Many ILLs live much of their life in one tissue, and therefore similar effector subsets residing in different tissues could have gene programs impacted by local tissue signals. However, iNKT cells with similar effector fates that were isolated from different tissues had highly similar gene programs and chromatin accessibility profiles, suggesting that their gene programs are determined by conserved mechanisms (57). The exception to this homogeneity is in the lung, where iNKT1 cells may be more activated and therefore show a more divergent gene program. In contrast to iNKT cells, ILCs appear to be more strongly influenced by their environment. For example, ILC2s in different tissues do have a core “ILC2” transcriptional program but they show substantial tissue-associated gene programing (58). Indeed, in bulk and single-cell RNA-seq studies, ILC2s were grouped by tissue rather than by cell type (58, 59). Some of these differences may relate to the frequency of progenitors versus more mature cells in different tissues. For example, IL-18R1, which has high levels on lung and skin ILC2s, was associated with a progenitor gene program comparable to ILCPs (59). However, these IL-18R1+ cells are ILC2 restricted and produce IL-13 when stimulated, indicating that they are not immature ILCPs. Another reason for transcriptomic differences could be the developmental origin of the progenitors in different tissues. ILCs can be generated from ILCPs in the fetal liver or postnatal bone marrow, and a subset of lung ILC2s derives from thymic progenitors (60, 61). Thymus-derived ILC2s may have a unique gene program imprinted by the E protein transcription factors that are expressed in these thymic progenitors (62). Similarly, ILC1s in the liver may derive from fetal precursors under the influence of IFN-γ and are distinct from ILC1s in other tissues of adult mice (63). Thus, our understanding of the contribution of intrinsic, developmental, and tissue-derived factors to the transcriptome of ILCs is far from complete. Moreover, how chromatin states and gene expression programs are established requires a closer look at ILL development. As revealed above, for some ILLs this may require a tissue-by-tissue approach that has not yet been achieved, whereas for iNKT cells this can be examined in the thymus.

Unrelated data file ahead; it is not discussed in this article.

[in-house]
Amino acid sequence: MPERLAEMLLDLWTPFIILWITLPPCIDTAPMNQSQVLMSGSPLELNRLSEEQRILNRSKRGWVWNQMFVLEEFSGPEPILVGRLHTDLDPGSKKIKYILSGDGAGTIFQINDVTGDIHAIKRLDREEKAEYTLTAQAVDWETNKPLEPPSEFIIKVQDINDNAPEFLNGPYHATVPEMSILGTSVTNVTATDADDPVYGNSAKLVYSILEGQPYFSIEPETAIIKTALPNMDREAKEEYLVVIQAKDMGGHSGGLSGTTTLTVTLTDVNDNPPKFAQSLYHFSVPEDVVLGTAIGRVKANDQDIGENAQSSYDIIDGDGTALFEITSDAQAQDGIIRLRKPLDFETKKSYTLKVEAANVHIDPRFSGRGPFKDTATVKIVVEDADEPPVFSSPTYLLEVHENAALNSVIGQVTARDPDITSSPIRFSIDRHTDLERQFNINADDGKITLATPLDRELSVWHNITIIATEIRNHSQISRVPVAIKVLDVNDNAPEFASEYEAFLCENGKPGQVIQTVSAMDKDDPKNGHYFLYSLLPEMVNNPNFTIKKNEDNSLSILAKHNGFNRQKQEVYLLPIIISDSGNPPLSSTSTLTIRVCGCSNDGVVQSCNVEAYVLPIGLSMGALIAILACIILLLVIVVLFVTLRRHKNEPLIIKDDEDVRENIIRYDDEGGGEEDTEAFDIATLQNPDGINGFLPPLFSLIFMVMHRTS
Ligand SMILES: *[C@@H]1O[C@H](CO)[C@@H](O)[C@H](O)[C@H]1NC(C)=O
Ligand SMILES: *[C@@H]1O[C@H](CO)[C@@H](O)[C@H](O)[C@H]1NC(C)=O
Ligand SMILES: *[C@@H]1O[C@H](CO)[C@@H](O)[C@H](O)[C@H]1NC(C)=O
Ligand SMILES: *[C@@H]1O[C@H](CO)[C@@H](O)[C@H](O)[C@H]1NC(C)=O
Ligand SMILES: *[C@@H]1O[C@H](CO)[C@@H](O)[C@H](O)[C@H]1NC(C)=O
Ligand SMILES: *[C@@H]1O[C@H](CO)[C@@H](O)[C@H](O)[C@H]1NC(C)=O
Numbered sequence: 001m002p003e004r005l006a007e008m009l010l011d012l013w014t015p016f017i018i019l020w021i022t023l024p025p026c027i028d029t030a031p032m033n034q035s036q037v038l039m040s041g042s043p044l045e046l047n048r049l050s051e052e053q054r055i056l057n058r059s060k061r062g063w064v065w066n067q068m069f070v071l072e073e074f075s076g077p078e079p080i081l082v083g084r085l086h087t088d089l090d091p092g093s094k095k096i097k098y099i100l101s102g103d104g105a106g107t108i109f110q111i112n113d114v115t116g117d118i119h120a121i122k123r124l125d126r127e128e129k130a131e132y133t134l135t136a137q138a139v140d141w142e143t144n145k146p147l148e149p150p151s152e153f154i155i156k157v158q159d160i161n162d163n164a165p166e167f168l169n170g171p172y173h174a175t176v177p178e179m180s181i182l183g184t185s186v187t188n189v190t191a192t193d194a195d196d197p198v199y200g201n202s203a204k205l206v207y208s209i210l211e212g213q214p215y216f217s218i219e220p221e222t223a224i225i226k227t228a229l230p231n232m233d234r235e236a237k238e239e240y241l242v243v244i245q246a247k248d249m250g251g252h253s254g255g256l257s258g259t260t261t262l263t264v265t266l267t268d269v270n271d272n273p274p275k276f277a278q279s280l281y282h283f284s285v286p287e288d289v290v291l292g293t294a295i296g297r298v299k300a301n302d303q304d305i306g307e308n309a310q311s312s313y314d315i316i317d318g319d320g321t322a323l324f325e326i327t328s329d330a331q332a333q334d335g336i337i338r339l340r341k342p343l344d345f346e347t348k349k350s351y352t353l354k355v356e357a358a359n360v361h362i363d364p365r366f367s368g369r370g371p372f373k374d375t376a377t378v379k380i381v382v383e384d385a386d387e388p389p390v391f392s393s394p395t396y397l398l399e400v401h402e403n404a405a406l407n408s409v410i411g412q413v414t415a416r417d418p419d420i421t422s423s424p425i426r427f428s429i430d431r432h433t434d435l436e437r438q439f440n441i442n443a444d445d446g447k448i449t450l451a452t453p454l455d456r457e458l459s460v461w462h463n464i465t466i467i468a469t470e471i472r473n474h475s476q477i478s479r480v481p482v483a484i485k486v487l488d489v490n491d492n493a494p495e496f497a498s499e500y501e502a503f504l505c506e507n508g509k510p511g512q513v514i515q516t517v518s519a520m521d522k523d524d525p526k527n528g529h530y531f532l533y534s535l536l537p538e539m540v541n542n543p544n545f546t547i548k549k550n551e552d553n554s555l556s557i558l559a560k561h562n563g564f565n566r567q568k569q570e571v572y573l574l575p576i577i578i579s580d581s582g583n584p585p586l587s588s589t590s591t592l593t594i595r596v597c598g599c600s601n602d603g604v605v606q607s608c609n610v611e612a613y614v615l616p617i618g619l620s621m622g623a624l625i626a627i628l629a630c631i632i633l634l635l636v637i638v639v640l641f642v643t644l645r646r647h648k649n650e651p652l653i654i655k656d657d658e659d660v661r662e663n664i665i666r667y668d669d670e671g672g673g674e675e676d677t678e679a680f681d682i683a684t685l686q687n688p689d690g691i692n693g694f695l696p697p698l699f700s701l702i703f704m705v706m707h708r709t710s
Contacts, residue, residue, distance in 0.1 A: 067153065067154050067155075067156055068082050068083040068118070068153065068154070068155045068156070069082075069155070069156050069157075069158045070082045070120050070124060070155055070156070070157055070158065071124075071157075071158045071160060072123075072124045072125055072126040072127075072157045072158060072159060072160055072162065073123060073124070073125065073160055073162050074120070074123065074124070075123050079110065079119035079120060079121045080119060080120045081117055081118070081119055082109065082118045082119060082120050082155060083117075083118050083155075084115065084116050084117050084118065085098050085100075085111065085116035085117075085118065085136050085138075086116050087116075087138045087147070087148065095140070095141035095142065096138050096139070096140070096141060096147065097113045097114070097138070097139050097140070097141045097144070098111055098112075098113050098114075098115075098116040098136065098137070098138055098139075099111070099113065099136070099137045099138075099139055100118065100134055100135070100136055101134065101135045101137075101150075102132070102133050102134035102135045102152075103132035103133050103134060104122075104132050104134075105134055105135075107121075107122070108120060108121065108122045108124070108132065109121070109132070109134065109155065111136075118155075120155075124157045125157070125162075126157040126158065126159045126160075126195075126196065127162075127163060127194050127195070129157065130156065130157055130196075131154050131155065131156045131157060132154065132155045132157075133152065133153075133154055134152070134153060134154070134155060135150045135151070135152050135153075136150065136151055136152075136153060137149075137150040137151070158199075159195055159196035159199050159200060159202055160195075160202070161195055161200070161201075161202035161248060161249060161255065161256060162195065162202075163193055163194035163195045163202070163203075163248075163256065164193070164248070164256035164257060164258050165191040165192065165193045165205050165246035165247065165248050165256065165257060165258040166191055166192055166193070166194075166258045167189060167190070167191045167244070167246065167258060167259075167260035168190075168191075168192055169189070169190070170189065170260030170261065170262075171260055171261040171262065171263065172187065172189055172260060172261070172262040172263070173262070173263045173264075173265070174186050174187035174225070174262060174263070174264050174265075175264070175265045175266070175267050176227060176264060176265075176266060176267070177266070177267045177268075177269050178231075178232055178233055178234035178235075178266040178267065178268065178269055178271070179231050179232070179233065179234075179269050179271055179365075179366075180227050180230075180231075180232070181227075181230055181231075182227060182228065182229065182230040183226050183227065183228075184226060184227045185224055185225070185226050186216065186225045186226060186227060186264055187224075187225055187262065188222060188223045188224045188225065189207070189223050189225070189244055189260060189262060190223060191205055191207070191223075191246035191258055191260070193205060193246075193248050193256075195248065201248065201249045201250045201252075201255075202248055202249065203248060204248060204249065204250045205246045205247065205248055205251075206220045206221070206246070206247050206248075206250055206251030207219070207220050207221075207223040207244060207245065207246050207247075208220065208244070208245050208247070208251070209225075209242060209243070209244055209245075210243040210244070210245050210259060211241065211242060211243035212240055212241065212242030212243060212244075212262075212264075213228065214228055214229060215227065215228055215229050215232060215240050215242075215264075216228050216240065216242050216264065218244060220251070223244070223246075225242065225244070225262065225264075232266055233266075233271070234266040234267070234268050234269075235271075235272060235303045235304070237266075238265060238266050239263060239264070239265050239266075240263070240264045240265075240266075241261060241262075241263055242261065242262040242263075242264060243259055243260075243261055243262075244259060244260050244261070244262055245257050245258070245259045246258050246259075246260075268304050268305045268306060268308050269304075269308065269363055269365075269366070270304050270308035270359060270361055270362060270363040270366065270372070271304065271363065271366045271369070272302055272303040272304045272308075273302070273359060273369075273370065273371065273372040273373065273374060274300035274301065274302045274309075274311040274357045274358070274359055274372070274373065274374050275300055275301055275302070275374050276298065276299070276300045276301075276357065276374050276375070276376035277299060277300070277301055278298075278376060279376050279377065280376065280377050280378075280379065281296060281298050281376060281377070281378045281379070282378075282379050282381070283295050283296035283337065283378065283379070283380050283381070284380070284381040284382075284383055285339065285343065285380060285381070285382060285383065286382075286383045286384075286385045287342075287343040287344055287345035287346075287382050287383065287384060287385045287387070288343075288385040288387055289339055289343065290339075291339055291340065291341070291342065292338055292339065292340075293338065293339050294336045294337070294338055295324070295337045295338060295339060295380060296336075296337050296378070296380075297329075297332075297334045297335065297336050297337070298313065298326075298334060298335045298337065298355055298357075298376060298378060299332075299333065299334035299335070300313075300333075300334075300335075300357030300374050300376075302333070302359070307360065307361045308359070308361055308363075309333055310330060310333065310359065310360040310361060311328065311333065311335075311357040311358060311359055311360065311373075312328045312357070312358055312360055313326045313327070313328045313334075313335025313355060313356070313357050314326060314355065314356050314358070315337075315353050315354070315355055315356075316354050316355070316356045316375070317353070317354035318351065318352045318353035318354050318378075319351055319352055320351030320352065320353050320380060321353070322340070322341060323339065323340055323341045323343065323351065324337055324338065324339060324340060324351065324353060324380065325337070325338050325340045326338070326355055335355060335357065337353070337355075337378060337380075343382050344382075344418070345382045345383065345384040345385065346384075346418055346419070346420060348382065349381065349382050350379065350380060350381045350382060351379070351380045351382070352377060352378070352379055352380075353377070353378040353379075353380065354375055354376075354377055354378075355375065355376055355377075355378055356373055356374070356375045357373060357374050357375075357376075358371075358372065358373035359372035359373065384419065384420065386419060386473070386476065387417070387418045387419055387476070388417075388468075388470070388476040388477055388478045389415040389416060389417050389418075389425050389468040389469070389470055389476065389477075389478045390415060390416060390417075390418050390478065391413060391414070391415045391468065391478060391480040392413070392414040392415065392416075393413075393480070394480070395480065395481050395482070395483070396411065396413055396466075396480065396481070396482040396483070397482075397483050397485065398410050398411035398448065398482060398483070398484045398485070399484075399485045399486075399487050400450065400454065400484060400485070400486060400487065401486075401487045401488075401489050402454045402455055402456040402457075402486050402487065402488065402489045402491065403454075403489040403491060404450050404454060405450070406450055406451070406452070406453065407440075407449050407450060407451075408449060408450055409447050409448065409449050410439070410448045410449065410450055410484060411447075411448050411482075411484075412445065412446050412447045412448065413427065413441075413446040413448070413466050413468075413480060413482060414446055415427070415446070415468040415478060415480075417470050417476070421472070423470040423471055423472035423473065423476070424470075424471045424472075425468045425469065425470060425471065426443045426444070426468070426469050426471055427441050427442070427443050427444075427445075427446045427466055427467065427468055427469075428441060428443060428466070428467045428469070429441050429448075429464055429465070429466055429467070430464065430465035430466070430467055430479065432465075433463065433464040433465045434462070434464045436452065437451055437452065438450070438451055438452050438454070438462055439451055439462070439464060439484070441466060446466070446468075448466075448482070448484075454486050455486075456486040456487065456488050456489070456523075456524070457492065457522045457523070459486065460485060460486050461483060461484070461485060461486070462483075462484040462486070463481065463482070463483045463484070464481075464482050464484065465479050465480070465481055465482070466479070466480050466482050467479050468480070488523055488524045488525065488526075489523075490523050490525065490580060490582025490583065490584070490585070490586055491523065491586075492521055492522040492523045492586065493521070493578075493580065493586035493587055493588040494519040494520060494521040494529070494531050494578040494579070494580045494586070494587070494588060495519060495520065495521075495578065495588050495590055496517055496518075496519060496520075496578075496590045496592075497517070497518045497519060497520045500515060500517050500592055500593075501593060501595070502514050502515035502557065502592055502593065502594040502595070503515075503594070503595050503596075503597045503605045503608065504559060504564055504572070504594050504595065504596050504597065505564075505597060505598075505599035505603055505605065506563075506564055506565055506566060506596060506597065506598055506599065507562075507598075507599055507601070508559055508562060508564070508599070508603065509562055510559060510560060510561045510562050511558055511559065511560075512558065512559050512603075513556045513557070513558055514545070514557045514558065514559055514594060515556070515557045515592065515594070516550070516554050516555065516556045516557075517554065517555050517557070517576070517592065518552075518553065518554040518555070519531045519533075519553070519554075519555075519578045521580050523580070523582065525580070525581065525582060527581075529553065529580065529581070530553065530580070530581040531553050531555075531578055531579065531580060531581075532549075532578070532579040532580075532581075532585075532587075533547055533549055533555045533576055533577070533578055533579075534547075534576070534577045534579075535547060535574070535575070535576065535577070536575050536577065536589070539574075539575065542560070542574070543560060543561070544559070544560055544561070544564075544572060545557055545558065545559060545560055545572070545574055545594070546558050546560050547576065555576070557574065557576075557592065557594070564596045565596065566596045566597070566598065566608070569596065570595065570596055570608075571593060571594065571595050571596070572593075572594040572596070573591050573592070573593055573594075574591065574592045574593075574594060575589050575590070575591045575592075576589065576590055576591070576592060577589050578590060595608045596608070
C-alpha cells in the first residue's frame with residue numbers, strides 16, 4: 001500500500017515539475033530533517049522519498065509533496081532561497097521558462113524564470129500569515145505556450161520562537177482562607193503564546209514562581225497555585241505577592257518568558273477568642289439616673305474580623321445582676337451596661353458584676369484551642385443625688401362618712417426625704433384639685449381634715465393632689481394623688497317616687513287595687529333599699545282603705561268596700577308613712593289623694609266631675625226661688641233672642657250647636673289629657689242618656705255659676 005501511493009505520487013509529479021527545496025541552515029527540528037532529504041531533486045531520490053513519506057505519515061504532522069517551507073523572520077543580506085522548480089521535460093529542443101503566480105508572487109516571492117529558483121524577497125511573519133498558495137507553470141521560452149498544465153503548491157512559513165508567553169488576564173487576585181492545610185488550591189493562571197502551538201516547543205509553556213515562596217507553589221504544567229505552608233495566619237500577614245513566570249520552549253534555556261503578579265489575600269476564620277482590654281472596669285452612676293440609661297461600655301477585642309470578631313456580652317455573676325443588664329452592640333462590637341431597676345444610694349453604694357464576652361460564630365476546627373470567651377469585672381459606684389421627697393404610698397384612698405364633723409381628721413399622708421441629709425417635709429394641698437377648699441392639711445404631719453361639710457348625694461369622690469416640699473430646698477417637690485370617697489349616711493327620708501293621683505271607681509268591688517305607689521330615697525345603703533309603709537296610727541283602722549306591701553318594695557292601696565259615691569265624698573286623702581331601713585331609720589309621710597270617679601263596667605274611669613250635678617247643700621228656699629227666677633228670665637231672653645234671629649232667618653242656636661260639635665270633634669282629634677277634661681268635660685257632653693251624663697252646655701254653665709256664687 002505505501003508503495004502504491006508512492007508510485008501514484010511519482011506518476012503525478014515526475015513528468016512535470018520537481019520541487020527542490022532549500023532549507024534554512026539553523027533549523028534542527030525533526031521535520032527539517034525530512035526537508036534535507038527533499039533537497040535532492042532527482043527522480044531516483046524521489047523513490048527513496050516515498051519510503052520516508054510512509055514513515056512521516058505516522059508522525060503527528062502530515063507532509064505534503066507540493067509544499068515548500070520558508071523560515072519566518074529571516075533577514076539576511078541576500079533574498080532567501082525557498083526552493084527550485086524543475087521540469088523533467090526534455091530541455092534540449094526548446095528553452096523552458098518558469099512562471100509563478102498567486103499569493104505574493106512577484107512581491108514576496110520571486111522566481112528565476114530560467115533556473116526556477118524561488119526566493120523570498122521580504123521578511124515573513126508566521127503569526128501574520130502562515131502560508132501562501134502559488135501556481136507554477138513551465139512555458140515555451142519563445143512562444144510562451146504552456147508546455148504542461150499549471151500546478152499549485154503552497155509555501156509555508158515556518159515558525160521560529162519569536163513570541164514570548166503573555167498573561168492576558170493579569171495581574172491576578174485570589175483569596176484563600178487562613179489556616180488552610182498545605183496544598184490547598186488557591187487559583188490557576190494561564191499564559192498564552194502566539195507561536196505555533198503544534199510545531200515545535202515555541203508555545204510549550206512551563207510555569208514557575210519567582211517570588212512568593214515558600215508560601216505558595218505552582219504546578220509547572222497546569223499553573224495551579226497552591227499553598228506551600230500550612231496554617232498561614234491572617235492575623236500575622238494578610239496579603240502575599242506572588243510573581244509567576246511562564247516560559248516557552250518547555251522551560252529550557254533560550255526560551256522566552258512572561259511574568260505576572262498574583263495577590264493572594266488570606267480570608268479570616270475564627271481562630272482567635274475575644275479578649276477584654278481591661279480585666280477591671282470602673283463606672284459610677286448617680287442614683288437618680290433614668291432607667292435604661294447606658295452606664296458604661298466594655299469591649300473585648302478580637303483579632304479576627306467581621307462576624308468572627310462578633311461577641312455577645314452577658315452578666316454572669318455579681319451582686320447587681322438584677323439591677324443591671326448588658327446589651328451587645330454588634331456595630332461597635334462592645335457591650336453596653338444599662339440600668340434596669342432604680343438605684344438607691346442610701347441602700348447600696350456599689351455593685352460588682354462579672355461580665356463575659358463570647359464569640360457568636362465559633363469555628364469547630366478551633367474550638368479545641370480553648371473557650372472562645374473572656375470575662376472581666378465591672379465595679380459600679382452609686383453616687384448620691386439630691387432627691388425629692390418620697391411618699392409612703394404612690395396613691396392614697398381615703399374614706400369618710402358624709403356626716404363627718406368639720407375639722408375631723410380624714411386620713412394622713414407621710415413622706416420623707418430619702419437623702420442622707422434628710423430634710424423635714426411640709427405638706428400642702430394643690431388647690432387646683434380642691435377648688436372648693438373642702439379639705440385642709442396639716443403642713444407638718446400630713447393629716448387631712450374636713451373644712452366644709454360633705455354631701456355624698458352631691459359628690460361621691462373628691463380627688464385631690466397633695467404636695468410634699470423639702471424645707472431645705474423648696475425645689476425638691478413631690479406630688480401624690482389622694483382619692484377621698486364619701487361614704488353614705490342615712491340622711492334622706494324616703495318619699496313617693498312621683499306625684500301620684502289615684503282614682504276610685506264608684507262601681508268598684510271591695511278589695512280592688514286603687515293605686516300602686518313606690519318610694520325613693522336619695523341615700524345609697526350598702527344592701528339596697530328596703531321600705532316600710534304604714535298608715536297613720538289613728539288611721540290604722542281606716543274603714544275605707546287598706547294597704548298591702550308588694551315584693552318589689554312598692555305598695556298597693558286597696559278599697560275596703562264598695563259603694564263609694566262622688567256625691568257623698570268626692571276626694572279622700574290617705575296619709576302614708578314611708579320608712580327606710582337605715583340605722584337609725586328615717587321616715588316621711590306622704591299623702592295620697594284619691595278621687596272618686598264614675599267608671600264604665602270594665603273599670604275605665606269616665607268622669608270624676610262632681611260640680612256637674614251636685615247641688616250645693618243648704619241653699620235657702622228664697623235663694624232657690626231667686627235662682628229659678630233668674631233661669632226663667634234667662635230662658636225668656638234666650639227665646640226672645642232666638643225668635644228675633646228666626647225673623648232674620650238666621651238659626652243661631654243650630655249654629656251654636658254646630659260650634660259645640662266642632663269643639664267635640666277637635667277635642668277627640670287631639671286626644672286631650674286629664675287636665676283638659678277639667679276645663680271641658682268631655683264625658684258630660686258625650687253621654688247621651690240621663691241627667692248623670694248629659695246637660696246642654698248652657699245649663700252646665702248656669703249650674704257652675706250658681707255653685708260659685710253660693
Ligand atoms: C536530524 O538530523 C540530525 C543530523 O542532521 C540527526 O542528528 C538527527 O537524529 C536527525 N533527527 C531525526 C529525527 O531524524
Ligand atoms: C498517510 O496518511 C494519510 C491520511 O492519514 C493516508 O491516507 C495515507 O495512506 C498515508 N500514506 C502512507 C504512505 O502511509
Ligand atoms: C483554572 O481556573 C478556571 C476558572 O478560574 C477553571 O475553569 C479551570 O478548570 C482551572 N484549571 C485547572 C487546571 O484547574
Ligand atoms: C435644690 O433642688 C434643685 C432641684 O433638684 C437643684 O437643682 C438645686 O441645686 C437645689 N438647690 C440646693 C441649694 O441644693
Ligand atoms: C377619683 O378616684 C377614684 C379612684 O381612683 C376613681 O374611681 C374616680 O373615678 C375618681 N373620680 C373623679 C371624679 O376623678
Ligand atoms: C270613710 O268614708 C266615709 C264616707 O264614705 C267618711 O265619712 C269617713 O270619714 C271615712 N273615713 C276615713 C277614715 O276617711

Induction of PLZF during ILL development